It has an overall efficacy of 50.4%, according to results of Brazil's final-stage trials released by researchers
The Chinese company Sinovac's Covid-19 vaccine is 100% effective in preventing severe and moderate infections, 77.96% effective in preventing mild cases and has an overall efficacy of 50.4%, according to the results of Brazil's final-stage trials released by researchers.
Experts said the result was acceptable keeping in mind that almost all participants in Brazil were high-risk medical workers, reports The Star of Malaysia.
The 77.96% efficacy in mild-cases means that the vaccine can reduce 78% of people from needing hospitalization, according to vaccine experts.
"The vaccine was able to 100% prevent severe illness in such a high-risk population, and effectively control the morbidity, and protect at least 50% of people from infection, which is good enough," Wang Guiqiang, director of the Infectious Disease Department at Peking University First Hospital, told the Global Times of China on Tuesday.
"Currently, the manufacturer [CoronaVac] requires a 0-14 vaccination doses program [second dose 14 days after the first one], but this probably cannot bring the highest level of antibody which then partly lowered the efficacy result. That's why some manufacturers ask for a 0-21 vaccination program. But overall, its protective effects in such a high-risk population is good enough," Wang emphasized.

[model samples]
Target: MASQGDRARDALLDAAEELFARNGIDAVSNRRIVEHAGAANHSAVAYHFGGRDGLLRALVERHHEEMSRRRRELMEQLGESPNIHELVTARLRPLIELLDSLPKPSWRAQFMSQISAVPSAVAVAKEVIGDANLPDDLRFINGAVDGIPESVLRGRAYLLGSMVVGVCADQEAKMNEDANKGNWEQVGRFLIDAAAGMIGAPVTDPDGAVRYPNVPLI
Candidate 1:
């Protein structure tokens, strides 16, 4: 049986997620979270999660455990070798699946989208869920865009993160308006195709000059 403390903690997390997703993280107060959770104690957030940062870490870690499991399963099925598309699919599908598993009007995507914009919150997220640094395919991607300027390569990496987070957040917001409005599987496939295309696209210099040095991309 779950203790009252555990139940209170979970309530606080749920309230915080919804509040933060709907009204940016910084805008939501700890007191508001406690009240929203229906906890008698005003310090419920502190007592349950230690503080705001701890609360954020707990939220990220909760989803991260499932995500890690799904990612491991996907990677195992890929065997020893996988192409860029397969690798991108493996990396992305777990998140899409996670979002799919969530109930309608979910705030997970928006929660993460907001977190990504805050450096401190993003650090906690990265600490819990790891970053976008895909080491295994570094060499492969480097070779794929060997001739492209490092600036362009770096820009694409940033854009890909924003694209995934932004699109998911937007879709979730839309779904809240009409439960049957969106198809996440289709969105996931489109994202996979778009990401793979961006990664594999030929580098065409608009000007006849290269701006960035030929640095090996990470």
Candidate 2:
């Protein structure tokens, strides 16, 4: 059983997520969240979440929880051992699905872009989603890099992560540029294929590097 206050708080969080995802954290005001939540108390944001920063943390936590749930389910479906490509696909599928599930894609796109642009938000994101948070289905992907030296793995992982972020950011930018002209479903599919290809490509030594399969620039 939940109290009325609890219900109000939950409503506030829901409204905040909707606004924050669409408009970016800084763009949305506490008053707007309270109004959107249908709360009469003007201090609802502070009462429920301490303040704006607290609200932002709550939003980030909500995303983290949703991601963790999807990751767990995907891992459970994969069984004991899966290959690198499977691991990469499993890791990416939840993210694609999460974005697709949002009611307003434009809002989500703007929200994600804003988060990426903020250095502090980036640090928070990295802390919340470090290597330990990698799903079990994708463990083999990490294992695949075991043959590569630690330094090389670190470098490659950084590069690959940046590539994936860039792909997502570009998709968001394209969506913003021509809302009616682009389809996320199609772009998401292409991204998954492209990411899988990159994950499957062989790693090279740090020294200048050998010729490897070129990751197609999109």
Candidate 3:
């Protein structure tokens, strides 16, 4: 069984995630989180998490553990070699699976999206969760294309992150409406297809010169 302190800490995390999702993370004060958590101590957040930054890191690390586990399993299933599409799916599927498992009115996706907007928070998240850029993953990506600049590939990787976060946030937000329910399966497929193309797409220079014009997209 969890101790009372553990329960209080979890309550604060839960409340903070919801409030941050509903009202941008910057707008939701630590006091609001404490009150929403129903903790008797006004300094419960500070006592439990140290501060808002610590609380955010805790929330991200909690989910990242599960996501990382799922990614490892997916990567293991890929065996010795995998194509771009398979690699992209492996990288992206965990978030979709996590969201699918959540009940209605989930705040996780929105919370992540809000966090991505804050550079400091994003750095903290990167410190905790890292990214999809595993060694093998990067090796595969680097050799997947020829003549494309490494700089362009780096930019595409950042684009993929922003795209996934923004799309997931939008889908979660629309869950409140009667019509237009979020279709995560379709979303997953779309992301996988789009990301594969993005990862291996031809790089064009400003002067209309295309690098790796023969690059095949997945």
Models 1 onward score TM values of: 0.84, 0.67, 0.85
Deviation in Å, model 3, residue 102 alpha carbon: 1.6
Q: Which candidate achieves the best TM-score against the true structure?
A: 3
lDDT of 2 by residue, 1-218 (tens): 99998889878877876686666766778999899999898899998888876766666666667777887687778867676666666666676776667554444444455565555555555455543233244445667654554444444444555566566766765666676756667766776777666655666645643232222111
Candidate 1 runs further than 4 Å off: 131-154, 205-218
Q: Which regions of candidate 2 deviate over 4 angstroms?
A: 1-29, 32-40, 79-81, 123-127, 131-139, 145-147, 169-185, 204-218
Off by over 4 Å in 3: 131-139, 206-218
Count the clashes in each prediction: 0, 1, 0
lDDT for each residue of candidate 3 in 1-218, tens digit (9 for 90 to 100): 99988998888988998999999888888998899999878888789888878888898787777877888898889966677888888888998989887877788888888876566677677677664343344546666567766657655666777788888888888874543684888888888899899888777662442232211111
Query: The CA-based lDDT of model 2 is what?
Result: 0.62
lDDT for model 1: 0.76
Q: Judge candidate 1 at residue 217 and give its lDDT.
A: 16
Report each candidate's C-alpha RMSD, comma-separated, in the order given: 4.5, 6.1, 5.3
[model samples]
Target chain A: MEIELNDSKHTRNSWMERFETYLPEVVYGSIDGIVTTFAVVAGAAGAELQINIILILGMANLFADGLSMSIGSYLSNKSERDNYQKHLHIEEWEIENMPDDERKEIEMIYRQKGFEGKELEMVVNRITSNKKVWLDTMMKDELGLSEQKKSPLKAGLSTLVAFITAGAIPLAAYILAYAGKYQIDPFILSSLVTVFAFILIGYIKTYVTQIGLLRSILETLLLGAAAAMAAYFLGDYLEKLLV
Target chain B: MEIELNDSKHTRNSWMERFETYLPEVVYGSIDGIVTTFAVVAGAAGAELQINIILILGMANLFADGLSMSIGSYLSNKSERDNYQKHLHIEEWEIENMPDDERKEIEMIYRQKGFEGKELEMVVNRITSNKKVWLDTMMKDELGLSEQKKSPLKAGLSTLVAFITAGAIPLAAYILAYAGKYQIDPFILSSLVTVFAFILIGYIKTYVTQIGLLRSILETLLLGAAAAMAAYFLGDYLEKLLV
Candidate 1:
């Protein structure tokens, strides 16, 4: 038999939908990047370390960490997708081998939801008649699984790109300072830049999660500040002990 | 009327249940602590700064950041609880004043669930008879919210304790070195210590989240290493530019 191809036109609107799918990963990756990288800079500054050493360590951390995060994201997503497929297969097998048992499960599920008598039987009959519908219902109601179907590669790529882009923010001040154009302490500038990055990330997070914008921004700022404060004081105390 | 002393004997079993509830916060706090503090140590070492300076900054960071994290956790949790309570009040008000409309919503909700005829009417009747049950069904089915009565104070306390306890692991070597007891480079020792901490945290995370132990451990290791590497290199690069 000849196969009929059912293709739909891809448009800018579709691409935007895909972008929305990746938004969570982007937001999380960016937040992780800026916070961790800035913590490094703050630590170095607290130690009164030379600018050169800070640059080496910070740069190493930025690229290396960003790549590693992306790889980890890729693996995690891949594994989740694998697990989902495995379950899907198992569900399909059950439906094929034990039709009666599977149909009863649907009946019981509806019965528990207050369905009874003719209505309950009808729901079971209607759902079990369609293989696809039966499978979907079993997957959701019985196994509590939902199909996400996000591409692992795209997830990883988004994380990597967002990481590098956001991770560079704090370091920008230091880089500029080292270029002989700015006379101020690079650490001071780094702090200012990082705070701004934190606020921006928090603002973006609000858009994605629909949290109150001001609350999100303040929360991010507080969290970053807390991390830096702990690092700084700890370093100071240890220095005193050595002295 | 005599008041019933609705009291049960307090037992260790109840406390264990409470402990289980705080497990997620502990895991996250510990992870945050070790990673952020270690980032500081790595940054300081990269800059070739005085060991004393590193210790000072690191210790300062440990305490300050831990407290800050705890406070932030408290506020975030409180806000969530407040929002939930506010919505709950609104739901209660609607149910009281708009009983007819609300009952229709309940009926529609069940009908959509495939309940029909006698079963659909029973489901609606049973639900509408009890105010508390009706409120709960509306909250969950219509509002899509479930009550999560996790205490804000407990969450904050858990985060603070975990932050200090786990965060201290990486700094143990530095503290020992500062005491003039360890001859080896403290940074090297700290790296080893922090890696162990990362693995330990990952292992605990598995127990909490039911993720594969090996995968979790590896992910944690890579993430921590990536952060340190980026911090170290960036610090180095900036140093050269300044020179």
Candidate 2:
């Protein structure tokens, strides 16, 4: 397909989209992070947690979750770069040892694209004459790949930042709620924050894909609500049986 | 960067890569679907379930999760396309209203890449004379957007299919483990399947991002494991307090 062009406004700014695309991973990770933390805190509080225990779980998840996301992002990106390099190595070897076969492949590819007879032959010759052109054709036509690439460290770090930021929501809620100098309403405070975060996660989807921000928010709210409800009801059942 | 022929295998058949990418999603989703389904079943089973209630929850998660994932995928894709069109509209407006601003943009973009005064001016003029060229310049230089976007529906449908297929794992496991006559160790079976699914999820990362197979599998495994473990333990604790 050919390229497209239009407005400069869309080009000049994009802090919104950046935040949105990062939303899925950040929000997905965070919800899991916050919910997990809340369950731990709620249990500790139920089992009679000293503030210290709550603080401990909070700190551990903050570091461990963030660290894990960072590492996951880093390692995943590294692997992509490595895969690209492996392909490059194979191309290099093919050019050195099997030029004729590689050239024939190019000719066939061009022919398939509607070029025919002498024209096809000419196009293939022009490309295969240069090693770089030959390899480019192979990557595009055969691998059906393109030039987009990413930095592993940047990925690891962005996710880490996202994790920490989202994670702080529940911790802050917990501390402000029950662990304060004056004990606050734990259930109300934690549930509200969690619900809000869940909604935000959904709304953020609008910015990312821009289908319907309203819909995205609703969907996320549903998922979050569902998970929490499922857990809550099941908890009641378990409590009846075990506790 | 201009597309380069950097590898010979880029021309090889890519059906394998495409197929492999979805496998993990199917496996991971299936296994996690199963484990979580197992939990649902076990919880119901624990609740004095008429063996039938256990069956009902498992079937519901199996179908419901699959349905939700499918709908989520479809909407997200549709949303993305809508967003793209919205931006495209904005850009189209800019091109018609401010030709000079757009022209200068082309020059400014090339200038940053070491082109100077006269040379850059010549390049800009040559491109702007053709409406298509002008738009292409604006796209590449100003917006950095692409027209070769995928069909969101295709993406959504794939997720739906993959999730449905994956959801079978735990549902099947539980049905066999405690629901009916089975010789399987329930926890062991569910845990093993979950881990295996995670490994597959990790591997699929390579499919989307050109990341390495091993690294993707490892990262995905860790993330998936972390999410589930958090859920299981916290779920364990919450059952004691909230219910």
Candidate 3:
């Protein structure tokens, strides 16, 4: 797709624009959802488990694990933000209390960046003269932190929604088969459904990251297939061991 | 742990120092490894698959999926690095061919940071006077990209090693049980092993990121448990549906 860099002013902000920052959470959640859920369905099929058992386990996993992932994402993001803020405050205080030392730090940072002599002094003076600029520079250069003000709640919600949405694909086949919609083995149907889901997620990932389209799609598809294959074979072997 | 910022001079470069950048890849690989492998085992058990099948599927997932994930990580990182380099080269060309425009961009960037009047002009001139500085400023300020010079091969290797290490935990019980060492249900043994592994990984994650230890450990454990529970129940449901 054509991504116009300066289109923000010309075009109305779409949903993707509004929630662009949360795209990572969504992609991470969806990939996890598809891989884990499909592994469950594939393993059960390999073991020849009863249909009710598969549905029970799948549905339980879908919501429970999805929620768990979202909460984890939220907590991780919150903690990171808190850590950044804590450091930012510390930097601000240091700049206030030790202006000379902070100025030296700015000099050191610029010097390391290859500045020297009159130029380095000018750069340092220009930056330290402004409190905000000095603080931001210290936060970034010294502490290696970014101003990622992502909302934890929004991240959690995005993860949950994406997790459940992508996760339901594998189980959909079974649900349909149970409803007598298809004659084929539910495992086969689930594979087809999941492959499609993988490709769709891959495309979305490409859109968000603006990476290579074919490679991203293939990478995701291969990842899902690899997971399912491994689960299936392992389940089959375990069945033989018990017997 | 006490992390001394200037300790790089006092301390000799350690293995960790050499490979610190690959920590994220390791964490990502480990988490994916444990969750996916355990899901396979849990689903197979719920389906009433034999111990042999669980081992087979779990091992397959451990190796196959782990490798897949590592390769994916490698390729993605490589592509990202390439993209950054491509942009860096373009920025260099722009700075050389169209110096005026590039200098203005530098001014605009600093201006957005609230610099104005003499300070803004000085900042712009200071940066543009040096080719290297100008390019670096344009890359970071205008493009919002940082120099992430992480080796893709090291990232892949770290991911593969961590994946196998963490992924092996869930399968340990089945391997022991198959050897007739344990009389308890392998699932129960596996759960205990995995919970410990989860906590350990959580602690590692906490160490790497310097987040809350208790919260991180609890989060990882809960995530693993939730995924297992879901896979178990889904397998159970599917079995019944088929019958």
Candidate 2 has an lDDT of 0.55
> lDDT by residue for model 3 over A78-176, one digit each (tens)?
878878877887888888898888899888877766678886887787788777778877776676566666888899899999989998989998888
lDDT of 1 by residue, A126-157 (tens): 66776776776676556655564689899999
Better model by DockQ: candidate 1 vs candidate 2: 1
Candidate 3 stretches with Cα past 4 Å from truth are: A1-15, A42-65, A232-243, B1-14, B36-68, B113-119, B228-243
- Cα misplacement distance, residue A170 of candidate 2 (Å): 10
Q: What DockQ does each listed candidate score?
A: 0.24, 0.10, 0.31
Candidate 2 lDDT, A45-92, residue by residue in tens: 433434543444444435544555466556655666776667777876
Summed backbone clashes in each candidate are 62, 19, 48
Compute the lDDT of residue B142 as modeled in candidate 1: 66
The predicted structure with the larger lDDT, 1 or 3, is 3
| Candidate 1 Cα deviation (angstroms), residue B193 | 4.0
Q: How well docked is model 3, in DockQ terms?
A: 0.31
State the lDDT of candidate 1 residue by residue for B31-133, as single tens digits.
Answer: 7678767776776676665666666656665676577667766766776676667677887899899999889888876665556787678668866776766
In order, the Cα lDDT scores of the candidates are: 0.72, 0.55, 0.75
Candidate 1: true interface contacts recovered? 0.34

The most common systemic effects were headache and myalgia and even those were mild and did not affect the participants' daily routine.
Notably, there were no severe events associated with the Sinovac vaccine.
Dimas Covas, director of the Butantan Institute, which cooperates with Sinovac on the Brazil trials, during a news conference on Tuesday said adverse events were very rare.
A higher efficacy will be seen in community use, he remarked.
The Sinovac vaccine will have a very high effectiveness among the general population, he added.
The authorities concerned have been conducting phase III clinical trials of Sinovac’s vaccine in Brazil, Indonesia and Turkey. These countries have designed different clinical plans based on their own domestic conditions.
Vaccines from the same batch and immunization schedule achieved different results of efficacy — 91.3% in Turkey; 100% protection against severe symptoms and 78% for mild cases in Brazil; and 65.3% in Turkey, which is normal and shows objectivity of clinical trials, according to a document the Global Times obtained from Sinovac.
Despite the discrepancies, the general inference is that the vaccine is protective, particularly in preventing medium and severe symptoms, as mentioned in the Sinovac document.